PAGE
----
Kokomo, Indiana, is located about 50 miles north of Indianapolis. This year the city, which is the county seat of Howard County, is celebrating its 150th anniversary. The Kokomo-Howard County Public Library has both on site and online genealogy and local history resources. The collection's emphasis is on Indiana's 92 counties, with a focus on Howard County and the adjacent counties of Carroll, Cass, Clinton, Grant, Tipton, and Miami.
To access the databases, click on the Databases link in the menu bar at the top of the Genealogy & Local History Services department home page. The online resources include:
Vital Records DatabaseYou can search this database for information on a wide variety of vital events. Events include anniversary, biography, birth, divorce, marriage, obituary, twin birth, reunion, funeral, engagement and adoption. While there is no description of the database on the search page, it appears, based on search results, that the data have been compiled from local newspapers. The time frame includes events taking place from the mid-1890s through the present. The sources are cited in the search results.
Pensioners on the Roll - 1883; Howard, Carroll, Cass, Clinton, Grant, Miami & Tipton CountiesThis is a surname index of Civil War pensioners on the rolls in 1883 in the above-named Indiana counties. The index gives the name of the pensioner; reason pensioned; post office address; rate of pension per month; and the date of the original allowance.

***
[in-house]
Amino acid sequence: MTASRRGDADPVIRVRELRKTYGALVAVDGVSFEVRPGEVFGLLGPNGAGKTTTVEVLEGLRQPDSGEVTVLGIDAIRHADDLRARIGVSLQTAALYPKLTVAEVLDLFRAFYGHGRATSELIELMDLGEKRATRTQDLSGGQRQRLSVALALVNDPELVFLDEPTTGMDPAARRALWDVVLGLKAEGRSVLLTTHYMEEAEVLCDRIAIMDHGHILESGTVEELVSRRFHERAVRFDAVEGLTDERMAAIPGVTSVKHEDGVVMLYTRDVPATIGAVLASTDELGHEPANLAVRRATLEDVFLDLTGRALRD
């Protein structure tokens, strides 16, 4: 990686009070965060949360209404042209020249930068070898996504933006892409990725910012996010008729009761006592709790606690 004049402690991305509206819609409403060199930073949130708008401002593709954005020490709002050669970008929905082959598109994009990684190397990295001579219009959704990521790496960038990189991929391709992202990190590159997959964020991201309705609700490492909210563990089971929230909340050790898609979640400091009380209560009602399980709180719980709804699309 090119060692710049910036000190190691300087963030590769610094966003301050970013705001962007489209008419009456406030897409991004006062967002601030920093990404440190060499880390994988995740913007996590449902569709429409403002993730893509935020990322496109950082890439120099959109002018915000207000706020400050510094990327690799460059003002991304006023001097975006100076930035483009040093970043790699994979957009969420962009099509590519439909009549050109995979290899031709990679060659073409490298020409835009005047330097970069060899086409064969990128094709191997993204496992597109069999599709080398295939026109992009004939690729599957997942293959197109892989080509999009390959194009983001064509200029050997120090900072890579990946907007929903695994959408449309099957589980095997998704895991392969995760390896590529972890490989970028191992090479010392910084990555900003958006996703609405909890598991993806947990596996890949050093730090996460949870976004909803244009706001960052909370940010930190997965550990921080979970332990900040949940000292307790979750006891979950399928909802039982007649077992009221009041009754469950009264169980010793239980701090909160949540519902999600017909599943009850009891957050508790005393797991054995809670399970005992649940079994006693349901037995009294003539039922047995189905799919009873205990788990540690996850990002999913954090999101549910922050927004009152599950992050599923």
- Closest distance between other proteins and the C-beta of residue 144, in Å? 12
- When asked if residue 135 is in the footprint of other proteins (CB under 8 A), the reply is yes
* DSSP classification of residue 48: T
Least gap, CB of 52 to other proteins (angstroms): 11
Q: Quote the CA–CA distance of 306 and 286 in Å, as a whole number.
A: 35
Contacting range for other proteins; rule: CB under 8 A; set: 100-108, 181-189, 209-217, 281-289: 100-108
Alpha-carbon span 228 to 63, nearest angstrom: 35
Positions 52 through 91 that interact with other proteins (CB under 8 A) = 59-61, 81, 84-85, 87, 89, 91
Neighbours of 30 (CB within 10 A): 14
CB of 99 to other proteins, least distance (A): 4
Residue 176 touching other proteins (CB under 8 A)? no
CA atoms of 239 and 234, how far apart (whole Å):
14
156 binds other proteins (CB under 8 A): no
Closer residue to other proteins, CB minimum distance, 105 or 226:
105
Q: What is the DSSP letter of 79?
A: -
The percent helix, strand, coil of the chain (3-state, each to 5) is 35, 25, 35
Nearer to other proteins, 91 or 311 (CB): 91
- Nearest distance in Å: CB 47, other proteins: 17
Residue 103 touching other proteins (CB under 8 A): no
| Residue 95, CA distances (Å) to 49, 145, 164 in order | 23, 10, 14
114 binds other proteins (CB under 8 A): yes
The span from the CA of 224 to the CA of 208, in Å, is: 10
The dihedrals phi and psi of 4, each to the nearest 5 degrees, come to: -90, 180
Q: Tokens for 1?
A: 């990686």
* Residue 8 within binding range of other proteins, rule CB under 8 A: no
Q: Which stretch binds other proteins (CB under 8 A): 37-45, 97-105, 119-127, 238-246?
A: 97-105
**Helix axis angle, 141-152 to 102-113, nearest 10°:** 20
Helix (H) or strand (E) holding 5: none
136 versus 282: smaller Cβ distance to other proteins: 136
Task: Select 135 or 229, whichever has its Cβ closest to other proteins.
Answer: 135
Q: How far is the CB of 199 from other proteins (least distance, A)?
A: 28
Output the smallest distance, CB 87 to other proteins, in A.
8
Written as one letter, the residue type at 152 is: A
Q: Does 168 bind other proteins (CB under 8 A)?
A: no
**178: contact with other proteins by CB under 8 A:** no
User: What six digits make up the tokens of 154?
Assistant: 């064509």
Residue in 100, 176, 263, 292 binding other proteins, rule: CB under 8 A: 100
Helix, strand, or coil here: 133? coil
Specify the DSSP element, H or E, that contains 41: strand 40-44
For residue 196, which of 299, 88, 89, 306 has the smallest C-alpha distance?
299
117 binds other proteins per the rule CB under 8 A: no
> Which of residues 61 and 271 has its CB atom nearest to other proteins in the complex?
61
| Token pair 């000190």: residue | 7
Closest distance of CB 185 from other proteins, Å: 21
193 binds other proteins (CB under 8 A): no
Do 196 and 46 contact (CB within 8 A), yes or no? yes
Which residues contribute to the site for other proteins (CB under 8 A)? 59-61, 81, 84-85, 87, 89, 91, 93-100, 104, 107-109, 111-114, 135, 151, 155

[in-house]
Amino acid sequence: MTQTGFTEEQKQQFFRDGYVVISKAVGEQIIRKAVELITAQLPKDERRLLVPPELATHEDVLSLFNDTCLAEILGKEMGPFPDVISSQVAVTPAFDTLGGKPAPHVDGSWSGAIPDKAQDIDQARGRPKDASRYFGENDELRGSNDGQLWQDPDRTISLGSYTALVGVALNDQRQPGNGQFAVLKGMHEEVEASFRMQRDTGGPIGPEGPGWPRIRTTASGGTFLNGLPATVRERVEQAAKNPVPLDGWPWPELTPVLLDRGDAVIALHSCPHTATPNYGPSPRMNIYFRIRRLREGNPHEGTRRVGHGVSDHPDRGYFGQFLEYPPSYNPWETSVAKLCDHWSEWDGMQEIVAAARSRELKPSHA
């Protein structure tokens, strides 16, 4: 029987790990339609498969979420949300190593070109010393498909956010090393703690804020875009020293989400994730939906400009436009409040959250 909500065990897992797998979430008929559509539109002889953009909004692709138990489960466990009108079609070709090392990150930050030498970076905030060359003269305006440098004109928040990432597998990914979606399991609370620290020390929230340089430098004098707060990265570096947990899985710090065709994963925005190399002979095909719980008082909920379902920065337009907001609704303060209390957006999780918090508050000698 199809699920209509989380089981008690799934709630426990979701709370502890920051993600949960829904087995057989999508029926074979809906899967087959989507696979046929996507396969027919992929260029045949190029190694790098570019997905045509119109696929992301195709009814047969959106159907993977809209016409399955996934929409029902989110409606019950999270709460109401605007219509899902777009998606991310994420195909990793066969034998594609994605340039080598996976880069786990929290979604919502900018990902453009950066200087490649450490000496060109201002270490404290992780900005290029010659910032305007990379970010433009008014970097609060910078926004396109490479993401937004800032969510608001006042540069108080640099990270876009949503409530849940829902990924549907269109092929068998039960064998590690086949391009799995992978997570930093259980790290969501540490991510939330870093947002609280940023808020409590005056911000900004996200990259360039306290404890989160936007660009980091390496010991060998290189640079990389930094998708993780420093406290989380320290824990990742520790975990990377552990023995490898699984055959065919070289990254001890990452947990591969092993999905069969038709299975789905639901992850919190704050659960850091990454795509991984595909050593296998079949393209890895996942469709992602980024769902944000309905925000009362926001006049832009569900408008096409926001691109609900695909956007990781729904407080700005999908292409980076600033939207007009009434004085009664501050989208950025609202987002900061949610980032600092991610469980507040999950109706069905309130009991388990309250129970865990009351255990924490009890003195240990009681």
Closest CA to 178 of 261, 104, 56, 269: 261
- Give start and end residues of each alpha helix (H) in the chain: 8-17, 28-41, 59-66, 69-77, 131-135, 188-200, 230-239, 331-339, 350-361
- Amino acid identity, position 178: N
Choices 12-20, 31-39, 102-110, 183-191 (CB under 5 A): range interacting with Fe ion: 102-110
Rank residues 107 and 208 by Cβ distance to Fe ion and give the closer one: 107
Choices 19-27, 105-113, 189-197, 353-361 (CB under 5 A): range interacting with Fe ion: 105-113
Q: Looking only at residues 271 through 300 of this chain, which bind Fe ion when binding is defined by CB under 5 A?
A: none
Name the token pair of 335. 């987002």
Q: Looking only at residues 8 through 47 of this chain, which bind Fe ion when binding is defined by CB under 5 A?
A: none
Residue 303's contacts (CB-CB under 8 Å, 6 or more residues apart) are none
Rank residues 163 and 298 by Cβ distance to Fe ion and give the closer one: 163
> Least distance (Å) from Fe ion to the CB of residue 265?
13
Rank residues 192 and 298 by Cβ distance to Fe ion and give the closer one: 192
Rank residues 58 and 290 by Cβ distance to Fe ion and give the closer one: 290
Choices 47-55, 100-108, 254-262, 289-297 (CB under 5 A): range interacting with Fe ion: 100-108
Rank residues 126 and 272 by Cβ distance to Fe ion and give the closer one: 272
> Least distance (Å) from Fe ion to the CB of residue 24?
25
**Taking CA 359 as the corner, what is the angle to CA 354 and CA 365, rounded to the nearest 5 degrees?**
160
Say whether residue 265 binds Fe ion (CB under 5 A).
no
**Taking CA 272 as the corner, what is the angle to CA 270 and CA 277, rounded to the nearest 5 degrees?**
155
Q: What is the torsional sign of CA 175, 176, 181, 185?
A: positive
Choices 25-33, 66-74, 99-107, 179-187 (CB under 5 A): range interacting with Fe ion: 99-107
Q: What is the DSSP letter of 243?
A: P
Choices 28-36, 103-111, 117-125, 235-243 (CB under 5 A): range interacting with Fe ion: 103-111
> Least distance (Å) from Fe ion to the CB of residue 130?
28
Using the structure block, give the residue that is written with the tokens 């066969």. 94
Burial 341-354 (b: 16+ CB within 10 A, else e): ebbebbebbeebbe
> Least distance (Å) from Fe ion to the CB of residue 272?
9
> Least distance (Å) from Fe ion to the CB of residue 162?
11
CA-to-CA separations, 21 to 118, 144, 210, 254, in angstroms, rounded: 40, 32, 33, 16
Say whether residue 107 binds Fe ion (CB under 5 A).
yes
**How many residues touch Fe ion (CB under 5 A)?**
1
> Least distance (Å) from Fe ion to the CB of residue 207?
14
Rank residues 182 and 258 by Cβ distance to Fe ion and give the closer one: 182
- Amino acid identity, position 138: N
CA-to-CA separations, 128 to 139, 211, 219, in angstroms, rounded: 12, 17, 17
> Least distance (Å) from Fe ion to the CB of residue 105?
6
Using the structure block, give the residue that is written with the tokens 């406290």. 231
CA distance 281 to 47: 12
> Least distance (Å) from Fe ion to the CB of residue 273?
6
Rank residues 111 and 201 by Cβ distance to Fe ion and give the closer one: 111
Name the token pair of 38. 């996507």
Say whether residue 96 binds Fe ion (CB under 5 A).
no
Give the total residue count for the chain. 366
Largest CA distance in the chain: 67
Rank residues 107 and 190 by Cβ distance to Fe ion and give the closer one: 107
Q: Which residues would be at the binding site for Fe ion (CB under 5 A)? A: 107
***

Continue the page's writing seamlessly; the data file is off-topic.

Howard County Deaths 1922 - 1935 and 1936 - 1947The data in these indexes were extracted from Kokomo, Indiana, newspapers. Annually, in late December or early January, these newspapers published a necrology for the year. As the completeness of the lists varied, the index does not list all of those who died in Howard County between 1922 and 1947. Some years the published lists were quite comprehensive and other years the lists provided only the names of "prominent" deceased citizens. The databases include 2,480 names for the period from 1922 - 1935, and 6,005 names for the period from 1936 - 1947.
Some Howard County Poor Farm Residents 1860 - 1930This database comprises a list of persons known to have resided at the Howard County Poor Farm/Asylum/Almshouse. The data was taken from federal censuses from 1860 - 1930, records of the Rich Funeral Home, and obituaries found in the library's Genealogy and Local History vital records file as of July 31, 2002. The data may include the following information: surname, given name, year, age, color, where born, where father and mother were born and comments about the individual.